The crossing required twelve minutes, according to the 51st Pennsylvania’s regimental historian. Only then did the first Union soldiers emerge onto the west bank of the Antietam. They could claim the Rohrbach Bridge at last. [P 158, Kindle edition]
     
    infomanpa and Yankeedave like this.
  16. Yankeedave

    Yankeedave 1st Lieutenant

    Joined:
    Dec 3, 2012
    Messages:
    4,498
    Location:
    Colorado
    Long twelve minutes.
     
    Andy Cardinal likes this.
  17. Yankeedave

    Yankeedave 1st Lieutenant

    Joined:
    Dec 3, 2012
    Messages:
    4,498
    Location:
    Colorado
    Posting two maps. Wondering from which point the twelve minutes took?
    IMG_20181007_102356.jpg
    battlefield.org
    M-51st-PA-Map-4CApr03.jpg
    warfarehistorynetwork.com
     
    Andy Cardinal likes this.
  18. Andy Cardinal

    Andy Cardinal Sergeant

    Joined:
    Feb 27, 2017
    Messages:
    951
    Location:
    Ohio
    Good question.... The text cites an old history of the 51st Pennsylvania. I'm hoping to locate a digital copy to look it up, unless somebody on this forum has assess to it and is willing to look it up. Fierce Glory implies from 1 end of the bridge to the other:

    The two 51sts entered the bridge. Legend holds that what happened next is this: standard bearers out front, regimental colors proudly flying side by side, the Pennsylvanians and New Yorkers raced in tandem across the bridge. No. The soldiers inched across in a state of disorder and high anxiety. The Rebs may have been low on ammo, but their opponents were drawing ever closer, rendering them easier and easier as targets. From the bluffs, the Georgians soon had the advantage of firing nearly straight down. At close range, they employed that vicious stinging combo, buck and ball. Bodies piled up, creating further impediment. The Federals edged along, returning fire as best they could.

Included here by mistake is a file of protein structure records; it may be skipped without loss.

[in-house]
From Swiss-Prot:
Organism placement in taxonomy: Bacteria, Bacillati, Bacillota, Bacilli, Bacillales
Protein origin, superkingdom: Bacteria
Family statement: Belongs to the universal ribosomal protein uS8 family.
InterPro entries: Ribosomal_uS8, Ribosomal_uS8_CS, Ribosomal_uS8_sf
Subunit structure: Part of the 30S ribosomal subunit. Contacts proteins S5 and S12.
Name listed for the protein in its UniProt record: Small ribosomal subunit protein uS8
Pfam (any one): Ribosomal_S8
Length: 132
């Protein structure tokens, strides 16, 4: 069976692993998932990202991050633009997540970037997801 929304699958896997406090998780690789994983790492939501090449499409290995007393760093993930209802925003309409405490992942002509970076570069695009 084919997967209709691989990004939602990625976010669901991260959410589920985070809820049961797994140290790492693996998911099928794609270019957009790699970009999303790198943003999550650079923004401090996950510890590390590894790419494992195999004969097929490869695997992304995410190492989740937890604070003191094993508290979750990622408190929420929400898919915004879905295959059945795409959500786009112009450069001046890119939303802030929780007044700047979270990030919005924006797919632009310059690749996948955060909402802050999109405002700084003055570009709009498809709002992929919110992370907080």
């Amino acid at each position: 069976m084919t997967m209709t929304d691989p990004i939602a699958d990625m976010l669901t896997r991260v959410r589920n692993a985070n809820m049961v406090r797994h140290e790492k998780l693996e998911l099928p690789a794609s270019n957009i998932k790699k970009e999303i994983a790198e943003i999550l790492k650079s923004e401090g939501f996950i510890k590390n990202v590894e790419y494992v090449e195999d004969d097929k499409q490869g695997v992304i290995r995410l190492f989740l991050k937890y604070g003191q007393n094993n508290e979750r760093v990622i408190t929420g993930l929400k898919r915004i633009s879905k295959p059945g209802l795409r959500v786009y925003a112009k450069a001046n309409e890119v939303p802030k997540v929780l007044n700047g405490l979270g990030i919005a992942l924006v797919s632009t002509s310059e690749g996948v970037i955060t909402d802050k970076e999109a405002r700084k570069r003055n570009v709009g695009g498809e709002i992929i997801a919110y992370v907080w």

White Flint Bill and Yankeedave like this.
  19. Yankeedave

    Yankeedave 1st Lieutenant

    Joined:
    Dec 3, 2012
    Messages:
    4,498
    Location:
    Colorado
    I wondered if it didn't happen like that. :wink::thumbsup:
     
    Andy Cardinal likes this.
  20. Alaskazimm

    Alaskazimm Private

    Joined:
    Jan 26, 2012
    Messages:
    99
    Location:
    Western Alaska
    According to Sears, the Union engineers did know about Snavely's Ford but reported it in the wrong location to the IX Corps. Hence the extended delay in getting Rodman's division in place since they had to go find it again.
     
  21. Polloco

    Polloco Private

    Joined:
    Sep 15, 2018
    Messages:
    81
    I had the opportunity to walk across that bridge 25 years ago. It was an experience. I read later that a large sycamore tree is just to the right of the bridge and that tree was a sapling during the battle. At the time I paid little attention to the trees. Had I known at the time. I would have paid more attention. This tree was a "witness". Anyone else heard that story?
     
    Andy Cardinal likes this.

(Membership has it privileges! To remove this ad: Register NOW!)

Share This Page


(Membership has it privileges! To remove this ad: Register NOW!)